Chefs and a dietician share tips for healthy, on-the-go meals.
By Patrick Mott | Photos by Jody tiongco
You’re in the middle of your evening commute, and you are hungry. It was one of those days when every square on your day planner was obliterated in red ink, and food—never mind healthy food—was not a part of it. You gobbled a granola bar for breakfast in the car, skipped lunch, inhaled the remnants of a break room bagel at 2 p.m., and now your thoughts are turning to the contents of the home fridge. And it’s not a pretty sight: some rapidly-turning Chinese takeout, a tub of cookie dough ice cream and a bottle of New Year’s Champagne that didn’t make the cut. Not exactly the makings of a Dinner of Champions. So it’s off to the local fast food emporium for yet another meal that will peg the fat-and-calorie meter. It doesn’t have to be this way.
“People are crazier-busier than ever,” says Evelyn Tribole, a registered dietitian and author with a practice in Newport Beach. “We’re not necessarily seeing [people eating] more fast food, but it might be more of an issue of skipping a meal or just kind of saying ‘forget it,’ and then eating whatever. People have a genuine desire to improve their health, but what happens is they have these really great intentions and want to prepare a good meal when they get home but their energy levels don’t match the reality. They are too tired to make a meal. The issue, I find, isn’t nutrition knowledge [but] the obstacle interfering with someone wanting to eat healthier.”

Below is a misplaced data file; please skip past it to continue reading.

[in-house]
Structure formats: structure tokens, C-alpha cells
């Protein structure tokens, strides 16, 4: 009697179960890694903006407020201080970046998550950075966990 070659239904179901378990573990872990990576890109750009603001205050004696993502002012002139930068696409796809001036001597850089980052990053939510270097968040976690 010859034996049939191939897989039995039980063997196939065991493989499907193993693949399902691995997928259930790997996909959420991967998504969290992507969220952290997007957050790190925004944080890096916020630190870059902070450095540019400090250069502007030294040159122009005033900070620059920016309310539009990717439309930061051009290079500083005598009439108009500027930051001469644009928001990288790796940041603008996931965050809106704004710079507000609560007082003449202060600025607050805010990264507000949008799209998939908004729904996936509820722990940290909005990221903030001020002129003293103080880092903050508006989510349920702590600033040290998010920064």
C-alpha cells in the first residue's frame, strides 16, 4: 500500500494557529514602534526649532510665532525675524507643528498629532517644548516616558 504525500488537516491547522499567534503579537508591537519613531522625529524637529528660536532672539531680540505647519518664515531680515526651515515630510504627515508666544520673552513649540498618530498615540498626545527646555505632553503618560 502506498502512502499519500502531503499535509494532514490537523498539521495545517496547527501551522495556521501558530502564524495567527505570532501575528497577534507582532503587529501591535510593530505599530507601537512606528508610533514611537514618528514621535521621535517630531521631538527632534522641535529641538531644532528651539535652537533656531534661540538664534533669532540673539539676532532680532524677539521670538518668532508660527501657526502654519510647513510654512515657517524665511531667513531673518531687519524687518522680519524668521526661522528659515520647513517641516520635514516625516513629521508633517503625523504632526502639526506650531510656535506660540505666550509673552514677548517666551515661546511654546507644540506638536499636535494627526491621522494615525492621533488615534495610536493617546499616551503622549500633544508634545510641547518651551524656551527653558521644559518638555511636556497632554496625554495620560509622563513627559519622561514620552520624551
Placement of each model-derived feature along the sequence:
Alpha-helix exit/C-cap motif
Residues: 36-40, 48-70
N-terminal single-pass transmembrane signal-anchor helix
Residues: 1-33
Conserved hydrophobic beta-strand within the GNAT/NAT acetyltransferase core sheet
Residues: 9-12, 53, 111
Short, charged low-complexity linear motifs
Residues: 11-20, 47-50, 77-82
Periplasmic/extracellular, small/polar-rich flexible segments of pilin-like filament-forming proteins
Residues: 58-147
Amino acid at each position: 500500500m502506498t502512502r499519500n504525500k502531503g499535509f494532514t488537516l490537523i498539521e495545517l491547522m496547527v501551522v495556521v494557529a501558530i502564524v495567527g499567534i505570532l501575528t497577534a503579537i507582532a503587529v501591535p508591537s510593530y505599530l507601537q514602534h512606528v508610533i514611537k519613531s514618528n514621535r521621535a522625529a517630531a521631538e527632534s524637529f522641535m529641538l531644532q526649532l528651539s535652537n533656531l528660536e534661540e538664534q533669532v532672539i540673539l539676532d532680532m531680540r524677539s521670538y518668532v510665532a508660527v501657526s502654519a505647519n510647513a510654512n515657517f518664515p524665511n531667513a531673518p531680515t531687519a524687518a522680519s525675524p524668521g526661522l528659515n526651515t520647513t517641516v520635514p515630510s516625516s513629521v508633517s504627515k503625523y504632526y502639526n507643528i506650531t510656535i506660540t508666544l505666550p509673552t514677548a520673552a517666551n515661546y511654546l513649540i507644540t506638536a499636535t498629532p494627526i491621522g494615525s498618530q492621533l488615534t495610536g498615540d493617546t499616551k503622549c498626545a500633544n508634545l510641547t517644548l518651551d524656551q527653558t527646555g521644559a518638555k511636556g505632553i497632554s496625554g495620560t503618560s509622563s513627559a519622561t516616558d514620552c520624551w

The keys to overcoming that obstacle, agree many Newport Beach chefs and nutrition professionals, might boil down to two easy-to-accomplish goals: Simplify and plan ahead. Healthy meals are most often the simplest and quickest to prepare, and keeping the necessary ingredients on-hand need not involve daily trips to the supermarket or a fully packed refrigerator or pantry. We gathered the best ingredients from top local pros on how to assemble regular meals with the maximum health benefits and the minimum fuss.
Take a few minutes before the week begins and think about what you’d like to eat for the next three days. Be realistic about the time and effort it will take to prepare. Then punch a shopping list into your iNotes and head to the supermarket.
“We get so caught up in our lives, but we still have to eat three meals a day,” says Matt Tobin, executive chef of True Food Kitchen. “So you want a game plan: what you want your meals to look like, what you want to have, when you want to eat out, how much you want to eat, whether you’ll be by yourself, what you have time for. That’s going to give you the framework and the blueprint for better eating.”
For example, if you don’t want bananas for breakfast the first few days of the week, buy them when they’re less than ripe, Matt says. “And when you’re ready, they’re ready.”
Ingredient No. 2: A Stock of Supplies
There’s a short list of items that Bluewater Grill Executive Chef Brian Hirsty says he always likes to keep in his larder, particularly when his wife calls on his culinary expertise.
“Once in a while my wife will look at the cupboard and there might not be much there, and she’ll say, ‘You’re a chef—make something.’ And sometimes I’ll come up with the best things, and usually it’s working with your basic cupboard stock,” Brian says.
“As far as produce items, you always want to have some fresh garlic that holds up really well and doesn’t go bad, some fresh onion, and it can never hurt to have some potatoes lying around because they hold up well. All of those items are good to add into dishes, and they’re easy to use. I always keep dried pasta because it’s one of the easiest things to create a meal out of. And rice as well. You can make all kinds of skillet stir-frys with cooked rice, or I make side dish casseroles like risotto with green beans and a little Parmesan cheese. Between rice and pasta, you can build a meal with just about any protein.”